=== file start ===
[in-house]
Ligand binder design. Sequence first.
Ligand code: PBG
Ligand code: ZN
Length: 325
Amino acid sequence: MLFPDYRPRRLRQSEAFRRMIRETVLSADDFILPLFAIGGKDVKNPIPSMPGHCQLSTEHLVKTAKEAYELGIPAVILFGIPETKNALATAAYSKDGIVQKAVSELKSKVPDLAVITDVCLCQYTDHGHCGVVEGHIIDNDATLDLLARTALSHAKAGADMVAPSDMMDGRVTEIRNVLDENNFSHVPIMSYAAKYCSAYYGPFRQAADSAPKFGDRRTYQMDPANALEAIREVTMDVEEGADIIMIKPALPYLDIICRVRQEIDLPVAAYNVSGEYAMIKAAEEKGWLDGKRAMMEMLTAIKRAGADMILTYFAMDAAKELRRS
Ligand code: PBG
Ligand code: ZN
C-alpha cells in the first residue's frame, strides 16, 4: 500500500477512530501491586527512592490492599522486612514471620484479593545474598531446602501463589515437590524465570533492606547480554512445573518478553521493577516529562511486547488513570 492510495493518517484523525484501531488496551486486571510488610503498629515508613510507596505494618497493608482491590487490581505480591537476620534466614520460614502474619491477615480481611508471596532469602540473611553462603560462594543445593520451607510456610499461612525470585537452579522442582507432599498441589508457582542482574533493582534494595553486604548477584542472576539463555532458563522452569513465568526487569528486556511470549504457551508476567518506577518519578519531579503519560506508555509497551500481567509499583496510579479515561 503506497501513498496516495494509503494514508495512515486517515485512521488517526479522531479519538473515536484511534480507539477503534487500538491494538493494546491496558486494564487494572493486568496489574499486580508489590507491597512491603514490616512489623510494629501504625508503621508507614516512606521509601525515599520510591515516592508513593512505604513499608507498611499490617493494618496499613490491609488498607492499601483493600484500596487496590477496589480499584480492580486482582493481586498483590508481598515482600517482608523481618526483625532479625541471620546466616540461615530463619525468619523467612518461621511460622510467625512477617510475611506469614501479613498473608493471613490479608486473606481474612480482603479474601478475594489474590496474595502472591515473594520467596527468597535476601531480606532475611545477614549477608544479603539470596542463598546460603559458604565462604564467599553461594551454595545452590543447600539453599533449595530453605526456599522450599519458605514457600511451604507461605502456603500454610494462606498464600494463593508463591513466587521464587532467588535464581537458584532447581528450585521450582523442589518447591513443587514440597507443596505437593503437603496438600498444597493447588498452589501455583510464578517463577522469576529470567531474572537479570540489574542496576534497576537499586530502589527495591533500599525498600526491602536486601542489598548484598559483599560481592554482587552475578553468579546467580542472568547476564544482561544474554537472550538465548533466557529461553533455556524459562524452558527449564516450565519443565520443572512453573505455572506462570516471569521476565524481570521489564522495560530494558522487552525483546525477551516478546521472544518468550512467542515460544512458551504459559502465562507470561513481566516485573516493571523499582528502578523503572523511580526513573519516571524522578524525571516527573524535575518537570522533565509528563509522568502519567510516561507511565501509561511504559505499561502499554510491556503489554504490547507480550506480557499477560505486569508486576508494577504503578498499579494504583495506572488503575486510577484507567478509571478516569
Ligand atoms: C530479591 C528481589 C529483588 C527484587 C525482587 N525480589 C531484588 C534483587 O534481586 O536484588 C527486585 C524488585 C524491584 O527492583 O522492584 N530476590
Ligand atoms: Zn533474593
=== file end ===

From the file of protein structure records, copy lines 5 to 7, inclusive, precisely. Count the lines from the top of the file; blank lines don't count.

Length: 325
Amino acid sequence: MLFPDYRPRRLRQSEAFRRMIRETVLSADDFILPLFAIGGKDVKNPIPSMPGHCQLSTEHLVKTAKEAYELGIPAVILFGIPETKNALATAAYSKDGIVQKAVSELKSKVPDLAVITDVCLCQYTDHGHCGVVEGHIIDNDATLDLLARTALSHAKAGADMVAPSDMMDGRVTEIRNVLDENNFSHVPIMSYAAKYCSAYYGPFRQAADSAPKFGDRRTYQMDPANALEAIREVTMDVEEGADIIMIKPALPYLDIICRVRQEIDLPVAAYNVSGEYAMIKAAEEKGWLDGKRAMMEMLTAIKRAGADMILTYFAMDAAKELRRS
Ligand code: PBG